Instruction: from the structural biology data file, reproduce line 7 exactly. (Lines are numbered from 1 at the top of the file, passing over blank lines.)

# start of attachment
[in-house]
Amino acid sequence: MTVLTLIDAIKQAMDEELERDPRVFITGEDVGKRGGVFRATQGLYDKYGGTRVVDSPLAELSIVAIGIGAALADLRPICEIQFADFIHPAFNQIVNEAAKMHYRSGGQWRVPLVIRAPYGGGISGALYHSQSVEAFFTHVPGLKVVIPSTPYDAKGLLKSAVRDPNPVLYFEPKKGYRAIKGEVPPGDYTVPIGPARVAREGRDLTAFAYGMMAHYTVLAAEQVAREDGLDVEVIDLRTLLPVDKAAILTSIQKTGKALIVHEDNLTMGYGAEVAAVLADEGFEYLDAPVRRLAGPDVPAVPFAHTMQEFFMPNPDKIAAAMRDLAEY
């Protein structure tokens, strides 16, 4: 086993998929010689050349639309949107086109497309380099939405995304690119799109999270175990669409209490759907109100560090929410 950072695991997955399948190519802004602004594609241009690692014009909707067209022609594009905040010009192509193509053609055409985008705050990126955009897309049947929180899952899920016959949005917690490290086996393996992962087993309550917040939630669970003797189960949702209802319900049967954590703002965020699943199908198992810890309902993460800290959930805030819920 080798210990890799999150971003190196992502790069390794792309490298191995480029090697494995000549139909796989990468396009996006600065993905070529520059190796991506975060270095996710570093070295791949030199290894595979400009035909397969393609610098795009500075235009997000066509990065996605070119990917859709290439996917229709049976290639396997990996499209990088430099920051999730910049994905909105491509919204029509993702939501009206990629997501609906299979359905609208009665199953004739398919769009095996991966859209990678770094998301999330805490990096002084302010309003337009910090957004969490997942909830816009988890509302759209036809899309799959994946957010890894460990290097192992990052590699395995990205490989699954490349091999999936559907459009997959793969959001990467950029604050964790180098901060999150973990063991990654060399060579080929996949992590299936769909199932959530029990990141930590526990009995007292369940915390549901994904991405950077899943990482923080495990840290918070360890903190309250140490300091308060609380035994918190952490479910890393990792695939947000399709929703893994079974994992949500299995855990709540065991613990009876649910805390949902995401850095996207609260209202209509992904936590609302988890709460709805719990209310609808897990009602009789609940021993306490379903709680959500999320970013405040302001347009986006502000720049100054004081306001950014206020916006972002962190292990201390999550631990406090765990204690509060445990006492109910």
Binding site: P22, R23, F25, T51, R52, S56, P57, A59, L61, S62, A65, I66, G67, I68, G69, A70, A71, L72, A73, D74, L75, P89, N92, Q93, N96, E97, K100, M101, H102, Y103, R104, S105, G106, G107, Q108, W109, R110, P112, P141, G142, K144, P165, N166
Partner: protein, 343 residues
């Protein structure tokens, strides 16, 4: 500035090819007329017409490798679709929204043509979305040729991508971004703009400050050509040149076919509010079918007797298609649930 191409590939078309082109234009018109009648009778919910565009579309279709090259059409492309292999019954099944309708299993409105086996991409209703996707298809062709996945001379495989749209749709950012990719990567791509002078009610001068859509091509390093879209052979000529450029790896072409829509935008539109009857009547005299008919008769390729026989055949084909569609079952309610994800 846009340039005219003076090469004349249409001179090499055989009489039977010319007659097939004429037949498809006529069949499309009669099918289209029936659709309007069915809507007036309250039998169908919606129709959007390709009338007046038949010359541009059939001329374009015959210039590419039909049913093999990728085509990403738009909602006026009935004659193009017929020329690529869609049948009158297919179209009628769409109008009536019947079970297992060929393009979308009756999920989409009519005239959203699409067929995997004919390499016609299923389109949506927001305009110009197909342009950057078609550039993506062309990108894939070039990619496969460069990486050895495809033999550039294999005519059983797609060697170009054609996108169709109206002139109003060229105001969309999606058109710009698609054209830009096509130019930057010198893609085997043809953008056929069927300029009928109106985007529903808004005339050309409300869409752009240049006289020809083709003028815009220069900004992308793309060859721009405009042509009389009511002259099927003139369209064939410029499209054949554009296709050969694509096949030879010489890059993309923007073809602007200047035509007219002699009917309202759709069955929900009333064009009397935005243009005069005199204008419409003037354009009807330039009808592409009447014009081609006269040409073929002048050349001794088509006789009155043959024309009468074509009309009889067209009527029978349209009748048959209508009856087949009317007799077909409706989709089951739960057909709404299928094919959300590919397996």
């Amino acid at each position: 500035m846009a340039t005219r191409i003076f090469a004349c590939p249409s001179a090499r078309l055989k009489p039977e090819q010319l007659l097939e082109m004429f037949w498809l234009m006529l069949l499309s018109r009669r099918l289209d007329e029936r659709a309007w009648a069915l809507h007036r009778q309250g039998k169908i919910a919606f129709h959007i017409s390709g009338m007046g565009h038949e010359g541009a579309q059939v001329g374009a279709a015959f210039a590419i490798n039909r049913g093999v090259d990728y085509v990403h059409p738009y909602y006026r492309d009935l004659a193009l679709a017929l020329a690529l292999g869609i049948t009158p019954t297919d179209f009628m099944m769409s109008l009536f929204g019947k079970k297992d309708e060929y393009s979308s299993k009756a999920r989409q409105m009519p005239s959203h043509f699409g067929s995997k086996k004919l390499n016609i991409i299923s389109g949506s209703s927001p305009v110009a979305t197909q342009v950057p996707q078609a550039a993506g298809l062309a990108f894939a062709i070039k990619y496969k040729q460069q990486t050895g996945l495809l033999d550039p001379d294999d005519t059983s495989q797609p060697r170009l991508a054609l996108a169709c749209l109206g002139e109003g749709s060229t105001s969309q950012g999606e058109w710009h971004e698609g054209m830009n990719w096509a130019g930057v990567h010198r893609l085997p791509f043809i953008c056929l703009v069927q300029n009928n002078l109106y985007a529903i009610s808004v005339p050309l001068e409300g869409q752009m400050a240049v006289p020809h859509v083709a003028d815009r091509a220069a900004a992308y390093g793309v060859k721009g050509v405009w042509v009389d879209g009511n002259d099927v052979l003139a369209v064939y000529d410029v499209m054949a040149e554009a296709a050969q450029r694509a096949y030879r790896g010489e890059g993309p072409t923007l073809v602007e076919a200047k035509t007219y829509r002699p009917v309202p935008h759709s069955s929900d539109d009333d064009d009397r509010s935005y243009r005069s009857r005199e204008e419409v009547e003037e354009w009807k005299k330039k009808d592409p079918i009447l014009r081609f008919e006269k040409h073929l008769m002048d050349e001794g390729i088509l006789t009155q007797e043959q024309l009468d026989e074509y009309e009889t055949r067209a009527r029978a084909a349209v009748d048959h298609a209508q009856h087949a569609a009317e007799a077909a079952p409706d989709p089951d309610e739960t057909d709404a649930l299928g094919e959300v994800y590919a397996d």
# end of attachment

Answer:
């Amino acid at each position: 500035m846009a340039t005219r191409i003076f090469a004349c590939p249409s001179a090499r078309l055989k009489p039977e090819q010319l007659l097939e082109m004429f037949w498809l234009m006529l069949l499309s018109r009669r099918l289209d007329e029936r659709a309007w009648a069915l809507h007036r009778q309250g039998k169908i919910a919606f129709h959007i017409s390709g009338m007046g565009h038949e010359g541009a579309q059939v001329g374009a279709a015959f210039a590419i490798n039909r049913g093999v090259d990728y085509v990403h059409p738009y909602y006026r492309d009935l004659a193009l679709a017929l020329a690529l292999g869609i049948t009158p019954t297919d179209f009628m099944m769409s109008l009536f929204g019947k079970k297992d309708e060929y393009s979308s299993k009756a999920r989409q409105m009519p005239s959203h043509f699409g067929s995997k086996k004919l390499n016609i991409i299923s389109g949506s209703s927001p305009v110009a979305t197909q342009v950057p996707q078609a550039a993506g298809l062309a990108f894939a062709i070039k990619y496969k040729q460069q990486t050895g996945l495809l033999d550039p001379d294999d005519t059983s495989q797609p060697r170009l991508a054609l996108a169709c749209l109206g002139e109003g749709s060229t105001s969309q950012g999606e058109w710009h971004e698609g054209m830009n990719w096509a130019g930057v990567h010198r893609l085997p791509f043809i953008c056929l703009v069927q300029n009928n002078l109106y985007a529903i009610s808004v005339p050309l001068e409300g869409q752009m400050a240049v006289p020809h859509v083709a003028d815009r091509a220069a900004a992308y390093g793309v060859k721009g050509v405009w042509v009389d879209g009511n002259d099927v052979l003139a369209v064939y000529d410029v499209m054949a040149e554009a296709a050969q450029r694509a096949y030879r790896g010489e890059g993309p072409t923007l073809v602007e076919a200047k035509t007219y829509r002699p009917v309202p935008h759709s069955s929900d539109d009333d064009d009397r509010s935005y243009r005069s009857r005199e204008e419409v009547e003037e354009w009807k005299k330039k009808d592409p079918i009447l014009r081609f008919e006269k040409h073929l008769m002048d050349e001794g390729i088509l006789t009155q007797e043959q024309l009468d026989e074509y009309e009889t055949r067209a009527r029978a084909a349209v009748d048959h298609a209508q009856h087949a569609a009317e007799a077909a079952p409706d989709p089951d309610e739960t057909d709404a649930l299928g094919e959300v994800y590919a397996d």